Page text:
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Testing for an Effect of a Mindfulness Induction on Child Executive Functions

Anna Leyland, Lisa-Marie Emerson, Georgina Rowse
Published: 13 March 2018
Mindfulness , Volume 9, pp 1807-1815; doi:10.1007/s12671-018-0923-2

Abstract: Several sessions of mindfulness practice can exert positive gains for child executive functions (EF); however, the evidence for effects of a mindfulness induction, on EF for adults, is mixed and this effect has not been tested in children. The immediate effect of an age appropriate 3-min mindfulness induction on EF of children aged 4–7 years was tested. Participants (N = 156) were randomly assigned to a mindfulness induction or dot-to-dot activity comparison group before completing four measures of EF. A composite score for EF was calculated from summed z scores of the four EF measures. A difference at baseline in behavioural difficulties between the mindfulness induction and comparison group meant that data was analysed using a hierarchical regression. The mindfulness induction resulted in higher average performance for the composite EF score (M = 0.12) compared to the comparison group (M = − 0.05). Behavioural difficulties significantly predicted 5.3% of the variance in EF performance but participation in the mindfulness or comparison induction did not significantly affect EF. The non-significant effect of a mindfulness induction to exert immediate effects on EF fits within broader evidence reporting mixed effects when similar experimental designs have been used with adults. The findings are discussed with consideration of the extent to which methodological differences may account for these mixed effects and how mindfulness inductions fit within broader theoretical and empirical understanding of the effects of mindfulness on EF.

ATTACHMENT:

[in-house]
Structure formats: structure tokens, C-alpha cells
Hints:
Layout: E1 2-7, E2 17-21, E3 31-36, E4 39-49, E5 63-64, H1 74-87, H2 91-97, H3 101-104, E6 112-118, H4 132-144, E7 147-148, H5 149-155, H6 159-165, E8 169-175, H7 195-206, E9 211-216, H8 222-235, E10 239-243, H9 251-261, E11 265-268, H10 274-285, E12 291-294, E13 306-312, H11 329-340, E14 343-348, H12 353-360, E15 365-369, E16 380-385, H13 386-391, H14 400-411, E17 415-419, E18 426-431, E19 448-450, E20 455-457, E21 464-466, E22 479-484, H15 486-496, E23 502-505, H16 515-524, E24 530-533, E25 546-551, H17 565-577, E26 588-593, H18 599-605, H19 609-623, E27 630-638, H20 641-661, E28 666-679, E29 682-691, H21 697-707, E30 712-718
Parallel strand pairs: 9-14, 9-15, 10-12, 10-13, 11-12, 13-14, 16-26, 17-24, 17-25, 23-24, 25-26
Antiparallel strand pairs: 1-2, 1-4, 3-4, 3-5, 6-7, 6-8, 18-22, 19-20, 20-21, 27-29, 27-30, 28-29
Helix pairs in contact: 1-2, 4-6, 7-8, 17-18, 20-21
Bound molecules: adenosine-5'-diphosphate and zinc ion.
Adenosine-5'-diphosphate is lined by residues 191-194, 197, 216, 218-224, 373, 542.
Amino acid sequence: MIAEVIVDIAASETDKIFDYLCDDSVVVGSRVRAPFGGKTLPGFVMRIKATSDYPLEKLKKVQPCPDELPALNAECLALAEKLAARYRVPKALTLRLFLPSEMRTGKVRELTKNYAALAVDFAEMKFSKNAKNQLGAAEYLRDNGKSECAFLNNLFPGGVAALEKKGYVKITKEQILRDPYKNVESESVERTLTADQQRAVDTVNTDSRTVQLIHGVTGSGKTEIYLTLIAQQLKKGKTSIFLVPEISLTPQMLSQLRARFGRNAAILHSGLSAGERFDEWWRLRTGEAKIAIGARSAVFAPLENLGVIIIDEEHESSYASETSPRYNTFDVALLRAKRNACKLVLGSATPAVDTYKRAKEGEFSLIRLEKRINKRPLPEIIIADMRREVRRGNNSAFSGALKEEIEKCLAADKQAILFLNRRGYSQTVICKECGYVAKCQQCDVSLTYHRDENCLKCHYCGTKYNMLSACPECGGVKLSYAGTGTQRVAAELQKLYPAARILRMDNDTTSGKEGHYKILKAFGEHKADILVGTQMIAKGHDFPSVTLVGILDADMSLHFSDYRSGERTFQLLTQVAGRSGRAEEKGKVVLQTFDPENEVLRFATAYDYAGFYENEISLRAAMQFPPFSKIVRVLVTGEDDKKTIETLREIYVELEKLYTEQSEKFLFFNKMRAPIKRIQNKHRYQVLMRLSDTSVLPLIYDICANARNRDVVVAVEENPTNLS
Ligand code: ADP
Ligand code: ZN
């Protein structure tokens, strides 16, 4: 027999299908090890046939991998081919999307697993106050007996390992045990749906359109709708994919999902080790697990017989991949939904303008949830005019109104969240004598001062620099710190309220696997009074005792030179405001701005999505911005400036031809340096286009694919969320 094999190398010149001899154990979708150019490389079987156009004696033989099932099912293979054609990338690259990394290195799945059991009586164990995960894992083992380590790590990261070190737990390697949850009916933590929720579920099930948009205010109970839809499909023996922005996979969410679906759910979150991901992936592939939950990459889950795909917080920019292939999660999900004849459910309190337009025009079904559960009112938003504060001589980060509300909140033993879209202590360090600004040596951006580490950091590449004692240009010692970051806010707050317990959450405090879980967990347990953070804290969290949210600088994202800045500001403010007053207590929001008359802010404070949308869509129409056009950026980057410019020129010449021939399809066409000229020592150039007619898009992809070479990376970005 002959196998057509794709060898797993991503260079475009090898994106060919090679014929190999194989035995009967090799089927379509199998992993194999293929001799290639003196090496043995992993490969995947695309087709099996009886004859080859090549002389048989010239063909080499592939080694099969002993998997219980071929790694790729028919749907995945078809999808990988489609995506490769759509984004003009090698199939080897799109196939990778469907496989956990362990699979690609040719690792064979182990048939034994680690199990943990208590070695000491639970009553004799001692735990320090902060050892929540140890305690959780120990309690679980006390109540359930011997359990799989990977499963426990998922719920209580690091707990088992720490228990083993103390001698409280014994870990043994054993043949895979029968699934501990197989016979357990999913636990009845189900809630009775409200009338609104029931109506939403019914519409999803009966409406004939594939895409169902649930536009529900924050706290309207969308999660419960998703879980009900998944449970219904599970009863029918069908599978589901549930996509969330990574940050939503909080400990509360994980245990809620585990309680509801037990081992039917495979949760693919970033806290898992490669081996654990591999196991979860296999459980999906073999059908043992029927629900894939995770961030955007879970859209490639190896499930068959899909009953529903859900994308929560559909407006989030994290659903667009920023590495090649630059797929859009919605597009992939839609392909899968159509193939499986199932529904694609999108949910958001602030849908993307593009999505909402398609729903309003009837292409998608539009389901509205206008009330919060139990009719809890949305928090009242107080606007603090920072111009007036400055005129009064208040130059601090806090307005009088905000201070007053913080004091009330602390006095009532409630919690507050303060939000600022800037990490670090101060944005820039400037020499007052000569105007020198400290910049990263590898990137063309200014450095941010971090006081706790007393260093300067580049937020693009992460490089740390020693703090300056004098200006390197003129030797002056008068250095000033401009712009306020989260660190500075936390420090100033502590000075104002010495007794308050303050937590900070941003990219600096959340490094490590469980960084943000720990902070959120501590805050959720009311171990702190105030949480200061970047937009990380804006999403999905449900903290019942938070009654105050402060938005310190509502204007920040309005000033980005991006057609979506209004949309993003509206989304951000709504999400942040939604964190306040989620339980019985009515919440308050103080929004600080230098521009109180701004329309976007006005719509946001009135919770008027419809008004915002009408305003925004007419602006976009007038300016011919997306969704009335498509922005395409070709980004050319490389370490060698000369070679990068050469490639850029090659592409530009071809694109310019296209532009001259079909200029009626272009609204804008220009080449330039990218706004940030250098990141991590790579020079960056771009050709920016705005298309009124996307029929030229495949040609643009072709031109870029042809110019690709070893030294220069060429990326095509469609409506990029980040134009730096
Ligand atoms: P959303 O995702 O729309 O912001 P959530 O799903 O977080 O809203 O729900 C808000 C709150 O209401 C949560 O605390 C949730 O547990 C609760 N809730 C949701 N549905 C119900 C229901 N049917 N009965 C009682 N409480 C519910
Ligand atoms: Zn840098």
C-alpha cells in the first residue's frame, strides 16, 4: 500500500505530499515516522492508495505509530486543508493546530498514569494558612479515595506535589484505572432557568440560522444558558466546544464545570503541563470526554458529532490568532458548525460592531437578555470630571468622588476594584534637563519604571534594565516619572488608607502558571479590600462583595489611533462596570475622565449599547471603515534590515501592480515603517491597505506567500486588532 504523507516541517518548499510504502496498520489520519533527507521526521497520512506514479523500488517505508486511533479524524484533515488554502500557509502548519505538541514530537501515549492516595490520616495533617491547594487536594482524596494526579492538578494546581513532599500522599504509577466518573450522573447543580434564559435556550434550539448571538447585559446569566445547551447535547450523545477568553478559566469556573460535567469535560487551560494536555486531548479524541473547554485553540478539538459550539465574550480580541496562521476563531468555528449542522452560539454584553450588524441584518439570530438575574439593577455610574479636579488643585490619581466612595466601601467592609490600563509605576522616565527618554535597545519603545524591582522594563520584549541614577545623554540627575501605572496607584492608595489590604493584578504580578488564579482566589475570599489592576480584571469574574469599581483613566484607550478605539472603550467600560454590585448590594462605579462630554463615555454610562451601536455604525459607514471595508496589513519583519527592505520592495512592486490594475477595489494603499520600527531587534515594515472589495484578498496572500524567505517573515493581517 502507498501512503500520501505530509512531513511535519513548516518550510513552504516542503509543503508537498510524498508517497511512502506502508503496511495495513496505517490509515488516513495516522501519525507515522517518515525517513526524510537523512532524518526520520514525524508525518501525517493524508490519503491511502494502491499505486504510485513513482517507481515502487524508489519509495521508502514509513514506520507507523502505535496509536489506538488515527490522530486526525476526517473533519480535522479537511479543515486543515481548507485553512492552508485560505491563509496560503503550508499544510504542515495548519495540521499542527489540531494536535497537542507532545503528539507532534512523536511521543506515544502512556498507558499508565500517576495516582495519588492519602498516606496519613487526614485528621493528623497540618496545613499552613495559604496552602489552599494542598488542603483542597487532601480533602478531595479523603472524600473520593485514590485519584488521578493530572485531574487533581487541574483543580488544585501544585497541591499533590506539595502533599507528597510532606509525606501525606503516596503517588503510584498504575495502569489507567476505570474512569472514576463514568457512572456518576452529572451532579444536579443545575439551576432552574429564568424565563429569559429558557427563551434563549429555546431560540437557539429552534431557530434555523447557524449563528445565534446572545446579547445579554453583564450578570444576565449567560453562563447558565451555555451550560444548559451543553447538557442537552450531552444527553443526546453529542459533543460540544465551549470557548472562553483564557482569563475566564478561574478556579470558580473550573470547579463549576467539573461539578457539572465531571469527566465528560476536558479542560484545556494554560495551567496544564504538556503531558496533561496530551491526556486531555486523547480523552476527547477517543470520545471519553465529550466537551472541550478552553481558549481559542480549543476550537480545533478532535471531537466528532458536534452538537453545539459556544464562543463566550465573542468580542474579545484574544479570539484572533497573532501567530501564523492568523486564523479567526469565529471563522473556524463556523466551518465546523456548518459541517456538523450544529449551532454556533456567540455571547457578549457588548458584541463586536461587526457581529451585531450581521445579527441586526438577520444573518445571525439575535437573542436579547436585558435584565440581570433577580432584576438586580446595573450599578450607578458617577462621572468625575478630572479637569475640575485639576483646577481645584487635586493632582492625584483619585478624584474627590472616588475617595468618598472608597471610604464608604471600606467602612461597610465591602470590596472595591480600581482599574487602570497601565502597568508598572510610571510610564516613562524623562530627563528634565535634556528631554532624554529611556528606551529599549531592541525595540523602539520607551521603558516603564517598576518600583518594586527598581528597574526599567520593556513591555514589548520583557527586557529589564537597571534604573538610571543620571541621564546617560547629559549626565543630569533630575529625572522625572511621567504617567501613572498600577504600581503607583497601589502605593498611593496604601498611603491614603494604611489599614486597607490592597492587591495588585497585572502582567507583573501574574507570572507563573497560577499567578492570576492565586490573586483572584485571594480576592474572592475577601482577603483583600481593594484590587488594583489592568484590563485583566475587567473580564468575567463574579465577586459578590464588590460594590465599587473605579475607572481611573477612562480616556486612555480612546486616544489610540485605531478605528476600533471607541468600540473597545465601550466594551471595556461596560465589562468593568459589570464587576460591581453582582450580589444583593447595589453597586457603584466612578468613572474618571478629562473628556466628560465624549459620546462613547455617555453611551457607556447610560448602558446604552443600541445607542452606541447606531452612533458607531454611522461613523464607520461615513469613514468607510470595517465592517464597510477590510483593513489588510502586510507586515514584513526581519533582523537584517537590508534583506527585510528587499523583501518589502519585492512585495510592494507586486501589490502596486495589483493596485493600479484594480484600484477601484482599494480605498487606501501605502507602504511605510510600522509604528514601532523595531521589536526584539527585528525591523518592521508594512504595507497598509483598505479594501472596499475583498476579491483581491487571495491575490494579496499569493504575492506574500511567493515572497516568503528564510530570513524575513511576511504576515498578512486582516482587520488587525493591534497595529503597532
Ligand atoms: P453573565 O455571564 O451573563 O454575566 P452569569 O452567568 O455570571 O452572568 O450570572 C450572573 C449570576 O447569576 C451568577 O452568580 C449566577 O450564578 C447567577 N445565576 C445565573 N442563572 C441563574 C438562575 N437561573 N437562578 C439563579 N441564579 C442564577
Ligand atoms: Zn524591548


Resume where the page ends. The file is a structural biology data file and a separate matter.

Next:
Keywords: Children / executive function / Mindfulness / experiment / induction

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